The idea of communicating across long distances without a connecting wire was an old one. The first tangible efforts were made in the 1830s. The idea was put on firm theoretical and mathematical grounds by James Clark Maxwell in 1864. It was named wireless telegraphy. Others, such as David Edward Hughes and Heinrich Rudolf Hertz, put those concepts on firm scientific grounds.
But it was left to the Italian electrical engineer Guglielmo Giovanni Maria Marconi to produce a commercially successful wireless telegraphy system. He demonstrated the application of this new technology in military and marine communication and started a company that bore his name for the development and propagation of radio communication services and equipment.
How the Marconi transmitter and receivers reached Peshawar is an interesting story. One version is that the British government offered a transmitter and 30 receivers or radio sets to the British India Government. The viceroy asked various provinces if they were interested. Only NWFP was interested, so the equipment was delivered to Peshawar. This version was narrated by Abdul Hamid Azmi, a long-time radio official.
The other version is that in November 1930, Sahibzada Abdul Qayyum, the then chief minister of NWFP, was in London to attend the Round Table Conference to discuss constitutional reforms in India. While in London he met Guglielmo Marconi. Sahibzada Sahib must have charmed the Italian inventor for he promised to donate equipment to his province.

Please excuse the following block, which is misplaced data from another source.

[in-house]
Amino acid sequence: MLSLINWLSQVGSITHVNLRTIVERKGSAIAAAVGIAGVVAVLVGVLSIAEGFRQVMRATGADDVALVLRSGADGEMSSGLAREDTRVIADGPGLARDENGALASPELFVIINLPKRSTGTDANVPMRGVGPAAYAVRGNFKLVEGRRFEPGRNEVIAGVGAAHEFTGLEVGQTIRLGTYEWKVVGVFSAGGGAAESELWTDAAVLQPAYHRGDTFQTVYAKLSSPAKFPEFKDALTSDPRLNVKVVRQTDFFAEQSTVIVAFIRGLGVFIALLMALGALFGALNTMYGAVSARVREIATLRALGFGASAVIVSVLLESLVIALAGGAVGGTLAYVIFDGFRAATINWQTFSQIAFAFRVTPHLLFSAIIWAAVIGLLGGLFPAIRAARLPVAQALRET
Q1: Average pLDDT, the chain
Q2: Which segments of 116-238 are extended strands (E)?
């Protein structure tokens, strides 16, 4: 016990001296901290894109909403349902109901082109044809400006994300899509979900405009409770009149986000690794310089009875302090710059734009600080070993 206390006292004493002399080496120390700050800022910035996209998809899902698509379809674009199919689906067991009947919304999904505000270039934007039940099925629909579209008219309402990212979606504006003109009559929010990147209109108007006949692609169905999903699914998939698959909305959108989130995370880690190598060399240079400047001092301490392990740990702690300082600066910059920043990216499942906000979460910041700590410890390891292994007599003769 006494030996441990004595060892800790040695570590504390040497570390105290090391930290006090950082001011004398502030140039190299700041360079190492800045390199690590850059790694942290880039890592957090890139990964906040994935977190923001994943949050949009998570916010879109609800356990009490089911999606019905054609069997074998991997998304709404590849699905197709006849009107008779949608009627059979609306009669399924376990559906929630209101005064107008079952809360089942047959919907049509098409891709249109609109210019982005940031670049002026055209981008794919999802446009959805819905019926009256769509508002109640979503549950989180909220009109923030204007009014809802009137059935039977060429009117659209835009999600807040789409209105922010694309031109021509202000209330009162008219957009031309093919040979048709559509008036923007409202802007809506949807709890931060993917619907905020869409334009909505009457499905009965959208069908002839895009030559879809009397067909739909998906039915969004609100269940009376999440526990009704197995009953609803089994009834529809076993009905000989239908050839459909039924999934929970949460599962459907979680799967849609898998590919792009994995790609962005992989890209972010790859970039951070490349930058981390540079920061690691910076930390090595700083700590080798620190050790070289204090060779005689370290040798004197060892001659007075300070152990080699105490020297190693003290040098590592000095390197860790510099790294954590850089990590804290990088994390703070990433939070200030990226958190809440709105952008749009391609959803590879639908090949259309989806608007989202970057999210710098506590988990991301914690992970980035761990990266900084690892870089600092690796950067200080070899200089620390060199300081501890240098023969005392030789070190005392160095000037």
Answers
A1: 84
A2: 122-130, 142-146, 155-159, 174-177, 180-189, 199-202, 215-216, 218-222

It just so happened that as soon as the equipment arrived, a young man from Peshawar, Aslam Khattak, also returned home after finishing law studies in London. While in London Aslam Khattak served as president of the Muslim Students’ Association and in that capacity, he worked closely with the Association’s Secretary General Choudhry Rahmat Ali to discuss and chart a theoretical outline of a homeland for Muslims of India. The name Pakistan was coined by this group.
Aslam Khattak distinguished himself as a political leader, ambassador, governor of NWFP and as an educator. Sir Griffith, the governor, saw the potential in the young man and made him head of the department of information and public relations. In that capacity he launched the new radio station in three rooms in the provincial secretariat. According to Abdul Hamid Azmi, one room served as a studio, and the other two as office and sitting room. The studio walls were draped with burlap to make it soundproof. The 30-radio sets were placed in the hujras of prominent landowners in villages that were within the range of extremely narrow wavelengths. The sets were bulky and needed equally bulky batteries to operate. The programs were tailored to the rural population.
How the Marconi transmitter and receivers reached Peshawar is an interesting story. One version is that the British government offered a transmitter and 30 receivers or radio sets to the British India Government. The viceroy asked various provinces if they were interested. Only NWFP was interested, so the equipment was delivered to Peshawar
Aslam Khattak wrote an English play that was liked by the governor and he in turn had it published in a London newspaper. At the request of Sir Griffith, Mr. Khattak rewrote the play for radio in Pashto. The Veno Jaam (Goblet of Blood) was the first radio play broadcast from the new makeshift radio station and was a sensation.